It's wrong but will consumers get it?

Peta's latest claims has united the food industry but what will shoppers make of the campaign?

The latest shock tactics from Peta have served to unite the meat industry with the wider food industry in its condemnation of the animal rights activist's claims.

The universal acceptance was that Peta's claims in its latest advertising campaign - ranging from alleging that feeding meat to youngsters is child abuse, and linking meat consumption with UK's childhood obesity problem - are wildly inaccurate. But the danger is, what impact will they, however inaccurate, have on the consumers?

Anita Singh, campaign co-ordinator for Peta, also alleged that meat production methods are cruel and unethical and that meat was full of saturated fats, hormones, antibiotics and other drugs.


Phil Saunders, of the Meat & Livestock Commission (MLC), said: "The use of hormones in red meat in this country is banned. All antibiotics, other than for medical use, are also banned in the production of meat."

Saunders added that the only drugs given to cattle, sheep and pigs in the UK were to assist animals in their recovery from an illness and these would not be slaughtered until all traces of the drug had disappeared. He said: "It's not good for animals to suffer from illness and not treat them. What do these animal welfare bodies suggest?"

Singh said the aim of the advertising campaign was to alert people to the fact that the consumption of animal products was linked to life-threatening diseases and that switching to a plant-based diet was a healthier option. She said health experts and nutritionists worldwide had agreed that all the vitamins, proteins and minerals needed for a healthy diet were found in plant products.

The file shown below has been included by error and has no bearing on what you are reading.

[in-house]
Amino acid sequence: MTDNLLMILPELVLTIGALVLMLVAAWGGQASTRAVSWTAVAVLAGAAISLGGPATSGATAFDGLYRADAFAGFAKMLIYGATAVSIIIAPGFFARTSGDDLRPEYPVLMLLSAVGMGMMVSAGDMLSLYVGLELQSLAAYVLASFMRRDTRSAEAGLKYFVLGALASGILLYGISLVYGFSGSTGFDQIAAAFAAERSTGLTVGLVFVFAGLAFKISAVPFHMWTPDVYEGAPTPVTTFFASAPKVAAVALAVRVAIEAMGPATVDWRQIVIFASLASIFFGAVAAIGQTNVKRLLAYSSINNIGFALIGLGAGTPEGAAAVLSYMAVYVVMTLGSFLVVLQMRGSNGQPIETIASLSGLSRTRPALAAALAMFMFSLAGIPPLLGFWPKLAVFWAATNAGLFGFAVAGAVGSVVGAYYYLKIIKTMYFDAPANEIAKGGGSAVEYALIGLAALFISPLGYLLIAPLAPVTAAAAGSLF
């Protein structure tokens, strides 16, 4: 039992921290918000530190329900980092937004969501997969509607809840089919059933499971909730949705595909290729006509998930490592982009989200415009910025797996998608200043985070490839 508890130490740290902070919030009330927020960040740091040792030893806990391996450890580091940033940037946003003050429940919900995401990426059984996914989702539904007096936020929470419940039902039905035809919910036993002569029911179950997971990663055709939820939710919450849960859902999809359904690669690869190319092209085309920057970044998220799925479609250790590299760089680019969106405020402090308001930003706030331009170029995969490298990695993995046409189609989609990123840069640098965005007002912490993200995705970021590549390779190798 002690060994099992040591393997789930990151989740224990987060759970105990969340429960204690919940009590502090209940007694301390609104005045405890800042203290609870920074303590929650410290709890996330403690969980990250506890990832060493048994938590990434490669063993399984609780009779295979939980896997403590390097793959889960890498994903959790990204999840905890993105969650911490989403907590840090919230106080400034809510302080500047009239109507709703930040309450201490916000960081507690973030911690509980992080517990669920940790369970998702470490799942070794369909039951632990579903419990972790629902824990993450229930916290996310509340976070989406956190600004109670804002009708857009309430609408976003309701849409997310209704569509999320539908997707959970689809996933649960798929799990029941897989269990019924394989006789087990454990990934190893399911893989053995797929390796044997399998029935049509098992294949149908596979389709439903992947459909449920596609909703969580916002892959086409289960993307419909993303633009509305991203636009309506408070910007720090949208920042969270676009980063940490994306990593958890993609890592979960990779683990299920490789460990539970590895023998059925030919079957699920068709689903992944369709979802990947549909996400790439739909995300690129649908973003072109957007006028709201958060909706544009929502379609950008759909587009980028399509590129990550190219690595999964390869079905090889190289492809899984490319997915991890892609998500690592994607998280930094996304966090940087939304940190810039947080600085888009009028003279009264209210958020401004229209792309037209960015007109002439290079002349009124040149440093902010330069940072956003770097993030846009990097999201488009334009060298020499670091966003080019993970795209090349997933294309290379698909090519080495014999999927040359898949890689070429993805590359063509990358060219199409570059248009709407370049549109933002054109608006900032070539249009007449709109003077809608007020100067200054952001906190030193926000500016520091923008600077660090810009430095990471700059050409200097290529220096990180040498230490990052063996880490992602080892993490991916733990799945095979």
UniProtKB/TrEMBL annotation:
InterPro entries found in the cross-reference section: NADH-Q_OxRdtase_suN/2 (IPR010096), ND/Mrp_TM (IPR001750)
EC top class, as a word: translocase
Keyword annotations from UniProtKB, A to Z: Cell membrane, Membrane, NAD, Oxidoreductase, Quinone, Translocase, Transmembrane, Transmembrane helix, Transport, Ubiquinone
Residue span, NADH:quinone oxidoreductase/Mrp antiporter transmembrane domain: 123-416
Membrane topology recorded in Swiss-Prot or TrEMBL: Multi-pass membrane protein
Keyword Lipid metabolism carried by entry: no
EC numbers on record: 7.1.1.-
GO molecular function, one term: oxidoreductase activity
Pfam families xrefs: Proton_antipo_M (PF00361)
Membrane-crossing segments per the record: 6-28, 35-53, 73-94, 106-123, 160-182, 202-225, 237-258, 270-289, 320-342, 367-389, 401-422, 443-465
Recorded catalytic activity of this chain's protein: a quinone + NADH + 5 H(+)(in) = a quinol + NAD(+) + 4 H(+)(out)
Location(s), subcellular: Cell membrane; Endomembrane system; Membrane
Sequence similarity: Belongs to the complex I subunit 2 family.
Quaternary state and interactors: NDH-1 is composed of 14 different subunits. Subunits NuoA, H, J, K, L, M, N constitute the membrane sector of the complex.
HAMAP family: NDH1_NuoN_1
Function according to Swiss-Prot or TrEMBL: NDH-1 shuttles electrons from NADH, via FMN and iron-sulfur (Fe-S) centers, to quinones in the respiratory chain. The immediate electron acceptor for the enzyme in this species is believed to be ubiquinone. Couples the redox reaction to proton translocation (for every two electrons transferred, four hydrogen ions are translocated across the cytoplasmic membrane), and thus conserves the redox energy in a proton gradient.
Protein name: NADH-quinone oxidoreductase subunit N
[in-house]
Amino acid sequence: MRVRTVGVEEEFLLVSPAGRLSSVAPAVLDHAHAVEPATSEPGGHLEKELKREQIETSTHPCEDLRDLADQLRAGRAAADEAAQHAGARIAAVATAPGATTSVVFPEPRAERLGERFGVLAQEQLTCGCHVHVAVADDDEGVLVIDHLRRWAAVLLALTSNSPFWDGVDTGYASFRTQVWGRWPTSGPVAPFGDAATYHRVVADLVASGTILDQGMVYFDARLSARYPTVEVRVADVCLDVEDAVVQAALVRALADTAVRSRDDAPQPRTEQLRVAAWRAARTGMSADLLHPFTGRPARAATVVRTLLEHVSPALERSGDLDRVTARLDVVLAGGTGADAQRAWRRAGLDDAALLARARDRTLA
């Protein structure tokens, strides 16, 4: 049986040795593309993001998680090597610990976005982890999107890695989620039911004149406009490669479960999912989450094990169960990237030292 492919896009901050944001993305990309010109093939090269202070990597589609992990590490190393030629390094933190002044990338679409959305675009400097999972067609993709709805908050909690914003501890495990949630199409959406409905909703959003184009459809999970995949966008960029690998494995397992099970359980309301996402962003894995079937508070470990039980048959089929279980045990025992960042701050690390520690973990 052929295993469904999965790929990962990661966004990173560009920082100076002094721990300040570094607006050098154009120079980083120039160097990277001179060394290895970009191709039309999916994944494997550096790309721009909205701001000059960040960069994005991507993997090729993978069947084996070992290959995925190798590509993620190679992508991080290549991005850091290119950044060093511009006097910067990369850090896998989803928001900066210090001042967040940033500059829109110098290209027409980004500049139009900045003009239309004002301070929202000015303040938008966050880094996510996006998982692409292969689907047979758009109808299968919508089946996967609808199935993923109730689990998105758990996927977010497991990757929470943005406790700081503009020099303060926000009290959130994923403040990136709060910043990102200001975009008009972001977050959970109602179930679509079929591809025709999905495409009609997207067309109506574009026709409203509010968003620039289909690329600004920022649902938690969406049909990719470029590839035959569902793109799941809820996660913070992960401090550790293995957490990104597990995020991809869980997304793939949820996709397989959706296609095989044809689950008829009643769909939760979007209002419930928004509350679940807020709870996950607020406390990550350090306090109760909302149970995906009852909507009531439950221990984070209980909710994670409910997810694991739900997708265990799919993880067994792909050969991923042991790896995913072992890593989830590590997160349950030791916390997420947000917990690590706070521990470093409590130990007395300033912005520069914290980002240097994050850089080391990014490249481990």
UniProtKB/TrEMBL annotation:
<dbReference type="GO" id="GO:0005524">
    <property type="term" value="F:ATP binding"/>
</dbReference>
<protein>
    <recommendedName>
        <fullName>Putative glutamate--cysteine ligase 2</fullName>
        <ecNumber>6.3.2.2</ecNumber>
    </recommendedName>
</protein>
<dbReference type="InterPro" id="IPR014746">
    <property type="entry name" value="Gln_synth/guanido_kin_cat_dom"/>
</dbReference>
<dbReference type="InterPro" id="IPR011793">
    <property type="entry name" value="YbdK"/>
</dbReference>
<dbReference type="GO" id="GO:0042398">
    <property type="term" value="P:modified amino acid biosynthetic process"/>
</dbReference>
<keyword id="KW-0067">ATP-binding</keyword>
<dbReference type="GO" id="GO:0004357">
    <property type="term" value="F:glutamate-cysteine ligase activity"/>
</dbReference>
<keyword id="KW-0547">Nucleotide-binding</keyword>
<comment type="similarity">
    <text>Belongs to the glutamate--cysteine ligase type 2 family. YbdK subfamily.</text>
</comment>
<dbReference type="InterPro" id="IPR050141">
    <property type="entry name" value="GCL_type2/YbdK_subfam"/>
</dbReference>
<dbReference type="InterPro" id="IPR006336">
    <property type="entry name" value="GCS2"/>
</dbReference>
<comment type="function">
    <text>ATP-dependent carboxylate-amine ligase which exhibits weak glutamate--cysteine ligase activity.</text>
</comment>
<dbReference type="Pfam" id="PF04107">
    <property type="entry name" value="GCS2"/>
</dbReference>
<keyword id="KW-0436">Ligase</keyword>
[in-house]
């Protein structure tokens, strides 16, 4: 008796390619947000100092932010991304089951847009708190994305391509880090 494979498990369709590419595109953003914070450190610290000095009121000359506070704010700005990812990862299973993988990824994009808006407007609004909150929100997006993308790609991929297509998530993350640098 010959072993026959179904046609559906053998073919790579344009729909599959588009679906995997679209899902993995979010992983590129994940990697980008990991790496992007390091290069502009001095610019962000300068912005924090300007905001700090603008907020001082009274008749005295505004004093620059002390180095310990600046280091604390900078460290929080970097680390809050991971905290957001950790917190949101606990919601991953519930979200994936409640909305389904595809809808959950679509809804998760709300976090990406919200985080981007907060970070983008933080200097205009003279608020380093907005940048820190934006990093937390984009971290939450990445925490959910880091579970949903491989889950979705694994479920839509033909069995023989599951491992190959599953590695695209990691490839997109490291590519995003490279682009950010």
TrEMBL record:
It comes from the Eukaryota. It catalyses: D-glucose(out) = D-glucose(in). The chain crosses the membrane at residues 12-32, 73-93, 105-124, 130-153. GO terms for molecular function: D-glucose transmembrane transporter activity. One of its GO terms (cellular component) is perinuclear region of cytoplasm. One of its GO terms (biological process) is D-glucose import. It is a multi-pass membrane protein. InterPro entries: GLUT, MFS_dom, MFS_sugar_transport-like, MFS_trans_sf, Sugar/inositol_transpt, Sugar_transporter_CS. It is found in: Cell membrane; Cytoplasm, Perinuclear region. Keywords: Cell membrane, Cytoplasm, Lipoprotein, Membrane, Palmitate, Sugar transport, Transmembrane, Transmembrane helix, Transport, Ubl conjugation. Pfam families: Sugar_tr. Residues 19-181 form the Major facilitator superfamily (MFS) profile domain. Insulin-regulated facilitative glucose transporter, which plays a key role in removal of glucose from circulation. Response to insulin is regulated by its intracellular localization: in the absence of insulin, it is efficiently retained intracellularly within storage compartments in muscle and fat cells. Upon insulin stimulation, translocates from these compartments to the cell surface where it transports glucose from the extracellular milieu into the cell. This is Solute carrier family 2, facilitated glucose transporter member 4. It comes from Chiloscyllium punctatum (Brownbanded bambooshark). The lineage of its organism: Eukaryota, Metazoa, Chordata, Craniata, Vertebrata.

She said UK children were eating as many as three meat-based meals a day and although other products, such as sweets, crisps and fizzy drinks contributed to the UK's childhood obesity problem, Singh claimed that meat was a direct factor.


Julian Hunt, director of communications for the Food & Drink Federation, said: "It is wrong to suggest that one food type is responsible for the obesity problem. All foods can play a part in a healthy balanced diet.

"Consumers need positive messages to take the right steps towards healthier diets and lifestyles - not outrageous scare tactics such as those used by Peta."

Speaking on Tuesday, Mabel Blades, a nutritionist who attended the National Obesity Forum this week, said: "Nowhere in the whole conference has there been anything spoken against red meat."

She added school meal targets aimed to include red meat dishes twice a week in primary schools and three times a week in secondary schools.


Joanne Lunn, a nutrition scientist at the British Nutrition Federation (BNF), said there was no reason to eliminate lean meat from the diet and had never heard of a link between the UK's problem with childhood obesity and meat consumption.

Lunn said: "Meat provides us with a variety of nutrients including protein, iron, zinc and vitamins A, D and B12, and forms part of a healthy balanced diet. Meat is a significant source of a number of B vitamins: thiamin, riboflavin, niacin, B6 and B12 for health and growth and an excellent source of haem iron. This form of iron is more easily absorbed than the non-haem iron found in vegetables and cereals."

Lunn explained iron was required for the formation of haemoglobin in red blood cells, which transport oxygen around the body. Iron is also required for normal energy metabolism and the immune system also requires iron for normal function.

She added: "Meat is a source of high quality protein, which is made up of amino acids, and we need to consume a number of essential amino acids. A food that is said to be a high-quality protein provides all of these essential amino acids.

"Most plant food proteins (with the exception of soya) have a low content of one or more of these essential amino acids needed by the body. Furthermore, different ones are missing in different plant foods. Therefore, plant foods need to be combined to provide high quality protein."

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